Beats, Rhymes, and Transcending Fourth-Wave Feminism
In my life, there’s great dichotomy between hip hop and academia, and for a genre I never think about critically, it’s ubiquitous. My peers throw around subtle critiques about Kendrick, the words of Dr. Dre underscored my high school homecomings, and my best friend and I still listen to Beats, Rhymes, and Life every time we see each other. But in preparation for an academic dialogue on women’s place in hip hop, I realized that I’ve accepted its gender-related foibles as a fact of the genre.
So I started to reflect on my own listening habits with rap and I noticed my ability to suspend disbelief, in this case, misogyny. Fortunately, major shifts in the hip hop industry have prompted rap as a whole to be a more inclusive and honest genre.
Perhaps the voices of women are more genuinely reflected than ever before, giving us the full, unadulterated take on their experiences, without the added spectacle.
The following dialogue seeks to better understand the ways in which external pressures alter female expression in hip hop and how this has changed for the better in the past few years.
The bigger questions about this trend can only be answered when we choose to closely analyze one woman’s experience. To do this, I’ve decided to study Fatimah Nyeema Warner’s, better known as Noname, “Reality Check.” In doing so, I will examine the production specifics in regards to feminst ideology and the critical reception of women in hip hop. I also want to take a moment to acknowledge that my analysis comes from a musically informed and academic perspective. I cannot speak on the black experience and will never attempt to do so.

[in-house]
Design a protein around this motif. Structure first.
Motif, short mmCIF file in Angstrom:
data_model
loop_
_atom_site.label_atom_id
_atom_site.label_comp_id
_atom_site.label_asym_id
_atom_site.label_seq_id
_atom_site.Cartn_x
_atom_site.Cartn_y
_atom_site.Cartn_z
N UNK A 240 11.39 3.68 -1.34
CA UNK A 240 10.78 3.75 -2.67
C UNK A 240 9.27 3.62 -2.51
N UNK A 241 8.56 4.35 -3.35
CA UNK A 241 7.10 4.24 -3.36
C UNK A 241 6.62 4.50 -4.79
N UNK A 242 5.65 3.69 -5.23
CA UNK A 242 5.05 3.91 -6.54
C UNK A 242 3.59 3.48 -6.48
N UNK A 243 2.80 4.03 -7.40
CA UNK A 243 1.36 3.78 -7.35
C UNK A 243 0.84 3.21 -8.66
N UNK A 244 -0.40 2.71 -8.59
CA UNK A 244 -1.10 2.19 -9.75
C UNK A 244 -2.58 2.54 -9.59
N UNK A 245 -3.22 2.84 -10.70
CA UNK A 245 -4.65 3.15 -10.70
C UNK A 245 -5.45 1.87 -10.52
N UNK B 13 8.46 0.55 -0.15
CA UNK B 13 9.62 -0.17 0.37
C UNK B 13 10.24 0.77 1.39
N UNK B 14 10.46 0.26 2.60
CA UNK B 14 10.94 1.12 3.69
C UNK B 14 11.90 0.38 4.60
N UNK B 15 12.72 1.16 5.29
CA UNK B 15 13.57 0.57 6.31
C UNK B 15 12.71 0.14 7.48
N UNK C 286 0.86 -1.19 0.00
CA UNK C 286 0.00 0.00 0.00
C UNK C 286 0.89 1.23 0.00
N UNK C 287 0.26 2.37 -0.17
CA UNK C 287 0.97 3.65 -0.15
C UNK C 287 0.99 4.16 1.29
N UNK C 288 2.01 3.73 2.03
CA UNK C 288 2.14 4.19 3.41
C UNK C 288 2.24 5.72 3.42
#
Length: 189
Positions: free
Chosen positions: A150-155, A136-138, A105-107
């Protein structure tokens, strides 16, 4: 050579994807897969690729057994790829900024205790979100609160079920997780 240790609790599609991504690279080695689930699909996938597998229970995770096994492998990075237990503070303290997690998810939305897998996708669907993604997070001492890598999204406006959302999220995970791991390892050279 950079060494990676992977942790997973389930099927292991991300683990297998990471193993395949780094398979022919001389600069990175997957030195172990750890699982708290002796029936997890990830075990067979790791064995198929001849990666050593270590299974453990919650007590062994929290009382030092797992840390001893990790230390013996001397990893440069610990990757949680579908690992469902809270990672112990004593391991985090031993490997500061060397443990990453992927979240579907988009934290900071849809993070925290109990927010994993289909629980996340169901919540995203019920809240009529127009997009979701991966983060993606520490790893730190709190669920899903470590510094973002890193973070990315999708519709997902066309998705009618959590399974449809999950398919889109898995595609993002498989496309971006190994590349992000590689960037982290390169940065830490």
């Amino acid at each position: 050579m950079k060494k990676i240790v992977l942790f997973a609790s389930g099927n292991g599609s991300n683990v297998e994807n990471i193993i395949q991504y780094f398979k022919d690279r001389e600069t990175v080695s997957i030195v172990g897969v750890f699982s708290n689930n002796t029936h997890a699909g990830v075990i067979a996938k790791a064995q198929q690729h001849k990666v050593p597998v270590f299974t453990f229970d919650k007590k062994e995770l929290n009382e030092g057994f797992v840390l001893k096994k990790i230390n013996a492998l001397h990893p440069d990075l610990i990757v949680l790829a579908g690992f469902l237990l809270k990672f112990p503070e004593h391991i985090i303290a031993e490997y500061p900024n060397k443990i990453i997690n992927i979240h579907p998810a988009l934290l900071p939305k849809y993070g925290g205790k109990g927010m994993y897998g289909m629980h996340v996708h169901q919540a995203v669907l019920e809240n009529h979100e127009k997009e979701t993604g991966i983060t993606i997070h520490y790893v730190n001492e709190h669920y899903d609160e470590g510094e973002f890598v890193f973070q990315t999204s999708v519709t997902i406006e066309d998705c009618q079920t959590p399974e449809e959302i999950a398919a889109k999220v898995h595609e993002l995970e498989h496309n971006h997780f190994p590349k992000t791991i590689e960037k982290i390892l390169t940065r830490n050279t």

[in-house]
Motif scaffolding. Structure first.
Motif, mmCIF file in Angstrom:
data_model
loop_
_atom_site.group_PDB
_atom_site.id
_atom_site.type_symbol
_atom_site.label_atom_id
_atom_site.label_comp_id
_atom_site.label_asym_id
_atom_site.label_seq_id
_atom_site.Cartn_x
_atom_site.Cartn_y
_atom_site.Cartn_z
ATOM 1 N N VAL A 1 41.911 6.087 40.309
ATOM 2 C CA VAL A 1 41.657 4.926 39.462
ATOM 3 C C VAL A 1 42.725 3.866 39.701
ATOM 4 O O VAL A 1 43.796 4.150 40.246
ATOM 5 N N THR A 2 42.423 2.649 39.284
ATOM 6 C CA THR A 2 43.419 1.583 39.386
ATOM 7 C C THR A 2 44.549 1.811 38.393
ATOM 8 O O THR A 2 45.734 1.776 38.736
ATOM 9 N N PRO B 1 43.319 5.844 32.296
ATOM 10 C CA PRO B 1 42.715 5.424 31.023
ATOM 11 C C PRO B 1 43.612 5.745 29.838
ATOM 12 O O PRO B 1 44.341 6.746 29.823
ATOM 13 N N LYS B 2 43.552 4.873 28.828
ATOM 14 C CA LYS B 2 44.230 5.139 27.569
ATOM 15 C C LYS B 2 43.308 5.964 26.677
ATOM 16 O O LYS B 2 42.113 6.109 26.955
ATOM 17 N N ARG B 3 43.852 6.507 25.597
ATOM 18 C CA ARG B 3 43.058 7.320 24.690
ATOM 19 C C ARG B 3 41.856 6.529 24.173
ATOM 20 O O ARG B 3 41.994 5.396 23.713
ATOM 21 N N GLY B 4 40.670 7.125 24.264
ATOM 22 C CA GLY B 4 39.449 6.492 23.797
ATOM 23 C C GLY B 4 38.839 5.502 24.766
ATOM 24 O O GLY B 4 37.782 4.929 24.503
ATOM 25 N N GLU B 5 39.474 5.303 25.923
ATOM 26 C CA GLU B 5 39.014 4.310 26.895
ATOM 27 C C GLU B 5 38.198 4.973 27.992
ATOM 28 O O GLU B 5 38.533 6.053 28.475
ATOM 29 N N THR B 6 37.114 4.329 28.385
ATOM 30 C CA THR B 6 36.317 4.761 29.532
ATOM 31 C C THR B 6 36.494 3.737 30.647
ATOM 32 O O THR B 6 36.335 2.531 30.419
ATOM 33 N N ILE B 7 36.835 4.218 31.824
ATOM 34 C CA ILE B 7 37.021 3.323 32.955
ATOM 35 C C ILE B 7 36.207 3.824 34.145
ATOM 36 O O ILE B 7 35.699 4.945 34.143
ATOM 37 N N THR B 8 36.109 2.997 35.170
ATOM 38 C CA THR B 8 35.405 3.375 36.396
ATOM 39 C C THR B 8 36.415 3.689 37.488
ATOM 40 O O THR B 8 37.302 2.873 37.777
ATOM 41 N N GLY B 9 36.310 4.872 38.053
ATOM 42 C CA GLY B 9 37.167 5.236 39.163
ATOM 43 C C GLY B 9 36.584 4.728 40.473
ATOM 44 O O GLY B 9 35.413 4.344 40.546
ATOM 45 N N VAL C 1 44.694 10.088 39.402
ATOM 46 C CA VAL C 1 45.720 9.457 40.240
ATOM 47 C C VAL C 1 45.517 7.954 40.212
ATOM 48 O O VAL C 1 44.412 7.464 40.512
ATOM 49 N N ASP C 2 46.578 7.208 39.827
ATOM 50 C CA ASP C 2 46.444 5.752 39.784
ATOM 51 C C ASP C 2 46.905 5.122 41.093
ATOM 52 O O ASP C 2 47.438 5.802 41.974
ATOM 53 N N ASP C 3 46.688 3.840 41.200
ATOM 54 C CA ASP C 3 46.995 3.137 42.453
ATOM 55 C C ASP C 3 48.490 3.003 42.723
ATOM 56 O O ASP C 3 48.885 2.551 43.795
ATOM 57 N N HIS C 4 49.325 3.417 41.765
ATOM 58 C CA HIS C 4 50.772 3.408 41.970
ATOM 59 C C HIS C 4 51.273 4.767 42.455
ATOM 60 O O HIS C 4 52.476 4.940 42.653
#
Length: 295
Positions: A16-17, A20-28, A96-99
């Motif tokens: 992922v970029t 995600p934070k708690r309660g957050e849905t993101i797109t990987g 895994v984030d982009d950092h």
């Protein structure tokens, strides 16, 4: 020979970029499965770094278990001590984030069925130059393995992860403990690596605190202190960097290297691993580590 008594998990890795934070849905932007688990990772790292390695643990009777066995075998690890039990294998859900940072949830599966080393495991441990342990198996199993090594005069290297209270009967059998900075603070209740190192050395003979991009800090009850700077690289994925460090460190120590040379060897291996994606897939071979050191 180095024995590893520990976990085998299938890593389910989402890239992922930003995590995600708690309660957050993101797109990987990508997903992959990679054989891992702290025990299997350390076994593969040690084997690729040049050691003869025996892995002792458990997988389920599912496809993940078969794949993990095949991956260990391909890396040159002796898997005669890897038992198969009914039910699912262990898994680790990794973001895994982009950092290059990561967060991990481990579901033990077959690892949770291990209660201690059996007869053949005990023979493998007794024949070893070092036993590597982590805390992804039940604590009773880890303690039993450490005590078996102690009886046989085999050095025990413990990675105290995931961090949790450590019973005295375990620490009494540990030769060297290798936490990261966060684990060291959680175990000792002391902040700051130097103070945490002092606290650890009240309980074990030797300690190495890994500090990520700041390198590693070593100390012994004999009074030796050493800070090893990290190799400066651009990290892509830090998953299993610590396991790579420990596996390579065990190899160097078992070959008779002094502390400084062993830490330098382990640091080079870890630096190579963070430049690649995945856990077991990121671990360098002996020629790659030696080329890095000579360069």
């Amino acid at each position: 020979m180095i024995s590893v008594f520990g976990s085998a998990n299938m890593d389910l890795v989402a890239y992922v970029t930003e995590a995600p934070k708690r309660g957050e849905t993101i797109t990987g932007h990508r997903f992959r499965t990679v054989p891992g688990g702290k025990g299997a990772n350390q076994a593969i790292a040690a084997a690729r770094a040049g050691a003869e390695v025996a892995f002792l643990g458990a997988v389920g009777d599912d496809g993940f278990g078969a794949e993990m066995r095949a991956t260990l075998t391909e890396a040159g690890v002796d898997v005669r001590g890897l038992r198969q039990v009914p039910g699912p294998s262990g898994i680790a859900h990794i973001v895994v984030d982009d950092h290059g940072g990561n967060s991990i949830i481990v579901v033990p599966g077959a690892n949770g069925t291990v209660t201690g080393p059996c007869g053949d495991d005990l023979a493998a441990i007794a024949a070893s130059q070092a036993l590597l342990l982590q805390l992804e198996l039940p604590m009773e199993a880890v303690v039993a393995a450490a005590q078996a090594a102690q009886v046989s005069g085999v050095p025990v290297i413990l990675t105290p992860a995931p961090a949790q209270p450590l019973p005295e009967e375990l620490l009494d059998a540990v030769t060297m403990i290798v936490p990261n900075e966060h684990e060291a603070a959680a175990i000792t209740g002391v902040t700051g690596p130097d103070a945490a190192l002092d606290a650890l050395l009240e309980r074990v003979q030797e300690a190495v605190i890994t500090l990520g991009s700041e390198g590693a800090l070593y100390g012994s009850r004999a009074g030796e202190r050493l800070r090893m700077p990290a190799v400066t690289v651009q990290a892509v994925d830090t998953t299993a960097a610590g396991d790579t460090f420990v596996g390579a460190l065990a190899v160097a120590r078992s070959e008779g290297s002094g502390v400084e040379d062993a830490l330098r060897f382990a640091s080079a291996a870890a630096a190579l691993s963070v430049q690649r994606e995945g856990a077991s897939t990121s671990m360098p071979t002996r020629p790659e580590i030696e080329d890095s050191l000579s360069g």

“Reality Check” serves as a mark of paradigm shift, wherein women create art without adhering to the presumed laws of femininity. It proves that art that features honest female expression are true marks of feminism in any industry.
ALIGNING WITH THE INDUSTRY
One of the biggest questions I had regarding women in rap was understanding for whom they seek to perform, moreover, for whom their management would like them to appeal. This is tricky.
So much of the production surrounding female rappers of the 90s seemed unnaturally performative. A lot of the work was coming from a place of production appeal rather than honestly. The decisions made by an individual while planting the seeds for a song are shrouded by the ideas of others. Women in hip hop seem to forgo their own credibility to match an industry that has so valiantly tried to push them away. More and more, however, it seems like women in rap can exist without a gimmick.
When you try to dissect hip hop, you are not only breaking down one person’s words, but the suggestions of large production teams, managers, and maybe most of all, a deeply feared and highly anticipated response from audiences.